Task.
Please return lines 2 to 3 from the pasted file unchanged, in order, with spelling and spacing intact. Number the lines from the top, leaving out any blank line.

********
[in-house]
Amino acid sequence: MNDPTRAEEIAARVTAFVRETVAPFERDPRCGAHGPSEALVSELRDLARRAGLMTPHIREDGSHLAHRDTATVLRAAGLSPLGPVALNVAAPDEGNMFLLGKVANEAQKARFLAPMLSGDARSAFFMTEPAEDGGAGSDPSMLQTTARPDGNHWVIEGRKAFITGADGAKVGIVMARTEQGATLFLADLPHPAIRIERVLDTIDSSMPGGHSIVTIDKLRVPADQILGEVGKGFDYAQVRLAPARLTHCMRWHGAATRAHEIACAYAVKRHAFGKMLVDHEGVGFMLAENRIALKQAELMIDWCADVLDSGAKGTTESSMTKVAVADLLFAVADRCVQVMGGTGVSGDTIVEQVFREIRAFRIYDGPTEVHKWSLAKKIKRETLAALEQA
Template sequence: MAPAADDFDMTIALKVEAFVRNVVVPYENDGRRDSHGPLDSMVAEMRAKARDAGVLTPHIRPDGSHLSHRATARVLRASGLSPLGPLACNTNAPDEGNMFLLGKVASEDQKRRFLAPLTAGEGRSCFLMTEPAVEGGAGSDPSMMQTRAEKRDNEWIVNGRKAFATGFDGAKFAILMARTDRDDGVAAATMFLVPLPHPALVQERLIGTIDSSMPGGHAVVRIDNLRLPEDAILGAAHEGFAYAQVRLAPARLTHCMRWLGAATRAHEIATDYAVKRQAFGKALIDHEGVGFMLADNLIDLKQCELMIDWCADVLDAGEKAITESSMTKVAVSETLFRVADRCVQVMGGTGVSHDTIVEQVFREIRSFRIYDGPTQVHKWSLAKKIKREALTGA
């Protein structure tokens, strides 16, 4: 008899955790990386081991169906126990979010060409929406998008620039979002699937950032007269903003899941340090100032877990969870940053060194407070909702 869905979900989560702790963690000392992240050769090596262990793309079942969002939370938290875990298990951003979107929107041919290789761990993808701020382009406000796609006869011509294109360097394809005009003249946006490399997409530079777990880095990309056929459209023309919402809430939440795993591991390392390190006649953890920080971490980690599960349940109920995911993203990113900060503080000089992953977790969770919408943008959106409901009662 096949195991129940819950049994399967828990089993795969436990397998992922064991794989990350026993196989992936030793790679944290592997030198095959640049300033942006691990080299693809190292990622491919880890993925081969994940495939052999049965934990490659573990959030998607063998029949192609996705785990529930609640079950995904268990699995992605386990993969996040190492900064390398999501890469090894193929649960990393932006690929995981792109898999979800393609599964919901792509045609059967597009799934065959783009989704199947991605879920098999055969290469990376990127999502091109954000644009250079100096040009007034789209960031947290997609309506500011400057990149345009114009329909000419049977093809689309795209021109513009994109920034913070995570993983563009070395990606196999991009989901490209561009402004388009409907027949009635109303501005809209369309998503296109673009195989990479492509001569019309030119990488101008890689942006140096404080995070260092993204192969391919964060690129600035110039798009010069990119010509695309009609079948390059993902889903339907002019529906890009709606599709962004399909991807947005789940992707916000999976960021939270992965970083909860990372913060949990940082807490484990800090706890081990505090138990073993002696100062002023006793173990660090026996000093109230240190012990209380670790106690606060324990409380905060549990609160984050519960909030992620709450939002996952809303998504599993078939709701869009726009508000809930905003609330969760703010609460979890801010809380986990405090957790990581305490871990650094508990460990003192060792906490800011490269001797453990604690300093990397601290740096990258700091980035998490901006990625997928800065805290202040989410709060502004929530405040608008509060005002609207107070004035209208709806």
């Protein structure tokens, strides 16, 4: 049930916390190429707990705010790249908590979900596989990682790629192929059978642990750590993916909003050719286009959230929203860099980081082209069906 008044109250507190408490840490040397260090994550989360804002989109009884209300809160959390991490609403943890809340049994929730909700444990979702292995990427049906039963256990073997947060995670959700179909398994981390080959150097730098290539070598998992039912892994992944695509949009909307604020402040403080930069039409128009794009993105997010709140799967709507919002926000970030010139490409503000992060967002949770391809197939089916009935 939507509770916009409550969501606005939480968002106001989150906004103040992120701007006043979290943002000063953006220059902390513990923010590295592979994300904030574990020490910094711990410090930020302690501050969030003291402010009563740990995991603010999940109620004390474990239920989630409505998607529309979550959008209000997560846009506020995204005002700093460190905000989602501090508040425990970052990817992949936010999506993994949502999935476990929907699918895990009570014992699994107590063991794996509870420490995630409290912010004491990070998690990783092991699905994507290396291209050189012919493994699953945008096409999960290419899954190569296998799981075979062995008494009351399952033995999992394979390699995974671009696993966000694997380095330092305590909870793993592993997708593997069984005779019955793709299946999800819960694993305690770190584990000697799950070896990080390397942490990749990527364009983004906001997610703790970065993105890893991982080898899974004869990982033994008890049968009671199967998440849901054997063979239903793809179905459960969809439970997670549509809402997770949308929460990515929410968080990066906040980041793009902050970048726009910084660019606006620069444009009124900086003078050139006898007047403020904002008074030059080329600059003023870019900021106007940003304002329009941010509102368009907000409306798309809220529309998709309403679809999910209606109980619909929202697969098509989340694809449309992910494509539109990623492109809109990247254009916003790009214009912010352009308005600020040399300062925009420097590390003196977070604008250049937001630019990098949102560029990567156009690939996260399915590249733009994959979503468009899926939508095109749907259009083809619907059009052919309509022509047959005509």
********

Amino acid sequence: MNDPTRAEEIAARVTAFVRETVAPFERDPRCGAHGPSEALVSELRDLARRAGLMTPHIREDGSHLAHRDTATVLRAAGLSPLGPVALNVAAPDEGNMFLLGKVANEAQKARFLAPMLSGDARSAFFMTEPAEDGGAGSDPSMLQTTARPDGNHWVIEGRKAFITGADGAKVGIVMARTEQGATLFLADLPHPAIRIERVLDTIDSSMPGGHSIVTIDKLRVPADQILGEVGKGFDYAQVRLAPARLTHCMRWHGAATRAHEIACAYAVKRHAFGKMLVDHEGVGFMLAENRIALKQAELMIDWCADVLDSGAKGTTESSMTKVAVADLLFAVADRCVQVMGGTGVSGDTIVEQVFREIRAFRIYDGPTEVHKWSLAKKIKRETLAALEQA
Template sequence: MAPAADDFDMTIALKVEAFVRNVVVPYENDGRRDSHGPLDSMVAEMRAKARDAGVLTPHIRPDGSHLSHRATARVLRASGLSPLGPLACNTNAPDEGNMFLLGKVASEDQKRRFLAPLTAGEGRSCFLMTEPAVEGGAGSDPSMMQTRAEKRDNEWIVNGRKAFATGFDGAKFAILMARTDRDDGVAAATMFLVPLPHPALVQERLIGTIDSSMPGGHAVVRIDNLRLPEDAILGAAHEGFAYAQVRLAPARLTHCMRWLGAATRAHEIATDYAVKRQAFGKALIDHEGVGFMLADNLIDLKQCELMIDWCADVLDAGEKAITESSMTKVAVSETLFRVADRCVQVMGGTGVSHDTIVEQVFREIRSFRIYDGPTQVHKWSLAKKIKREALTGA